Bosserman v. Bosserman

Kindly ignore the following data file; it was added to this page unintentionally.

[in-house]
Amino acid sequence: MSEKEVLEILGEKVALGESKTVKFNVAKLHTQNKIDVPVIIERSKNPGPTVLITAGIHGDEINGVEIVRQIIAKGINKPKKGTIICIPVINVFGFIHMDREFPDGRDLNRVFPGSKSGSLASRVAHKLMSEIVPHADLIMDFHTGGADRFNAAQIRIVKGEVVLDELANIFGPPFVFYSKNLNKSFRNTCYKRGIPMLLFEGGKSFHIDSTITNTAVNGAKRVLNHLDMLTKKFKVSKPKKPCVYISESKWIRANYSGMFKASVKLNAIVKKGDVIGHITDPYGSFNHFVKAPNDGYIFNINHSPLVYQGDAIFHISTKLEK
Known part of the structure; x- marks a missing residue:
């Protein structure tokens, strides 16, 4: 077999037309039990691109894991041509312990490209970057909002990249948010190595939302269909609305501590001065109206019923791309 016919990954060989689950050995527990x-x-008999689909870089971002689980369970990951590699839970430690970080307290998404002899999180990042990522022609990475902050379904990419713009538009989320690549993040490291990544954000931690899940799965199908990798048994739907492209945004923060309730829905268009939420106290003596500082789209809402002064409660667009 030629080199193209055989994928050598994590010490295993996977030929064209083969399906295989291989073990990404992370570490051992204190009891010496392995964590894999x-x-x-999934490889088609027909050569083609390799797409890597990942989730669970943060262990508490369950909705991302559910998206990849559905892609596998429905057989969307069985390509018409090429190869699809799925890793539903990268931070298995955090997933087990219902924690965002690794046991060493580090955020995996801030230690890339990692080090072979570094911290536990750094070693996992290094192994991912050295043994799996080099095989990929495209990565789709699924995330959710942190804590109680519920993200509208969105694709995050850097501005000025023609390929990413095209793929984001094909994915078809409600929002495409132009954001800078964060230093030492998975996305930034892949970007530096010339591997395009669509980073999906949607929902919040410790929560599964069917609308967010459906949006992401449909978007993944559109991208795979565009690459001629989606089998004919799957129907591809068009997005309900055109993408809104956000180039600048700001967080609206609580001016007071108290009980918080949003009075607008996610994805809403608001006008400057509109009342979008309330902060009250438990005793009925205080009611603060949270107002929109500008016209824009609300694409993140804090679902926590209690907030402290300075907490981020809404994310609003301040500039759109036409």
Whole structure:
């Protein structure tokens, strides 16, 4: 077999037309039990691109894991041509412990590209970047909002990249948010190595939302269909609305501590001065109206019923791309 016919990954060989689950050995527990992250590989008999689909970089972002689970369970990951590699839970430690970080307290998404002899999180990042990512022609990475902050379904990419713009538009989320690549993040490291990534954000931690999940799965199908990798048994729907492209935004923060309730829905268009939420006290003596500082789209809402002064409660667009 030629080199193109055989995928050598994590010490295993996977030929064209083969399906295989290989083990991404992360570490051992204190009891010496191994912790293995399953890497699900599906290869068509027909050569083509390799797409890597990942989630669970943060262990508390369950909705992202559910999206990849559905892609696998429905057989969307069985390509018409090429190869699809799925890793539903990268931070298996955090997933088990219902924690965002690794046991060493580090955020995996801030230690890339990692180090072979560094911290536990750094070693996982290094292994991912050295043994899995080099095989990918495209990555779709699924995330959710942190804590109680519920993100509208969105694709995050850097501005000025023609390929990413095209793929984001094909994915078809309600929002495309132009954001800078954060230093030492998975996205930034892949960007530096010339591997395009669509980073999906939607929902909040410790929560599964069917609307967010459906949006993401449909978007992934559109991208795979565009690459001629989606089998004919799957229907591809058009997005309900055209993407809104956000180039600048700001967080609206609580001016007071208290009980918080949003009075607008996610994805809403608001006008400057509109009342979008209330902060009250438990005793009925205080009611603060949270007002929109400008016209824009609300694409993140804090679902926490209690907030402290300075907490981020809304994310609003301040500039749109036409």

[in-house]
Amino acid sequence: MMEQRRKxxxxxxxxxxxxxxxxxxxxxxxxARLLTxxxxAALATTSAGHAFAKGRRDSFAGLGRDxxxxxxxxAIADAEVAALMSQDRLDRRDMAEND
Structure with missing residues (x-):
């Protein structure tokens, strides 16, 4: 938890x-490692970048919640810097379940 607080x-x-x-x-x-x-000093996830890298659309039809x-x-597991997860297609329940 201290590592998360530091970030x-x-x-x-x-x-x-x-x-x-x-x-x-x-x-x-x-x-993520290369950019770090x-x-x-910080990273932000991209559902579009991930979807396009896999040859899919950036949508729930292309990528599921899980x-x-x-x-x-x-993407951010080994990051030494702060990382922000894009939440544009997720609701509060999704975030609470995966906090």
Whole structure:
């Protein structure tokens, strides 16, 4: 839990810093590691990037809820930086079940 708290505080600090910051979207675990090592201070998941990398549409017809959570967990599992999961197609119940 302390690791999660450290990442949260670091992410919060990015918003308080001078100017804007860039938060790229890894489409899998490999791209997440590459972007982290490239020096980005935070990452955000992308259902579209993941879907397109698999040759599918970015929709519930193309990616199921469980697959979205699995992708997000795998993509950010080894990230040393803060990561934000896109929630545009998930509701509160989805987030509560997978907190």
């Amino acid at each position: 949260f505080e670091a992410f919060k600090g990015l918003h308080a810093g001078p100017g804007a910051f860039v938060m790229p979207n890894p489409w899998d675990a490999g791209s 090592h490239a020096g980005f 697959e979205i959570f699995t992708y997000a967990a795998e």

In Bosserman v. Bosserman, 9 Va. App. 1, 384 S.E.2d 104 (1989), the wife asked the court to value the husband's interest in a family-owned, closely-held corporation. A restrictive agreement required a shareholder to offer the stock first to the corporation at "true book value." The husband argued that the restriction defined the value. See 9 Va. App. at 3, 384 S.E.2d at 106. The Court recognized that the value set by such agreements "is often artificial and does not always reflect true value," even though the agreements may be binding on business partners. Id. at 6, 384 S.E.2d at 108. "The sale price set by restrictive provisions on transfer is not conclusive as to the value of the stock." Id. at 7, 384 S.E.2d at 108. A restriction on transfer does not control its value, "but the restriction on transfer is a factor which affects the value of the stock for purposes of equitable distribution." Id. Interestingly, Bosserman relied upon an article discussing goodwill valuation in law firms to conclude restrictive provisions are not conclusive of value. The Court defined "value" for equitable distribution purposes; it set intrinsic value as the standard of value. "Trial courts valuing marital property for the purpose of making a monetary award must determine from the evidence that value which represents the property's intrinsic worth to the parties . . . ." Id. at 6, 384 S.E.2d at 107. The value of an item of marital property is its intrinsic worth to the parties: the worth to the husband and wife, the parties; the value to the marital partnership that the court is dissolving.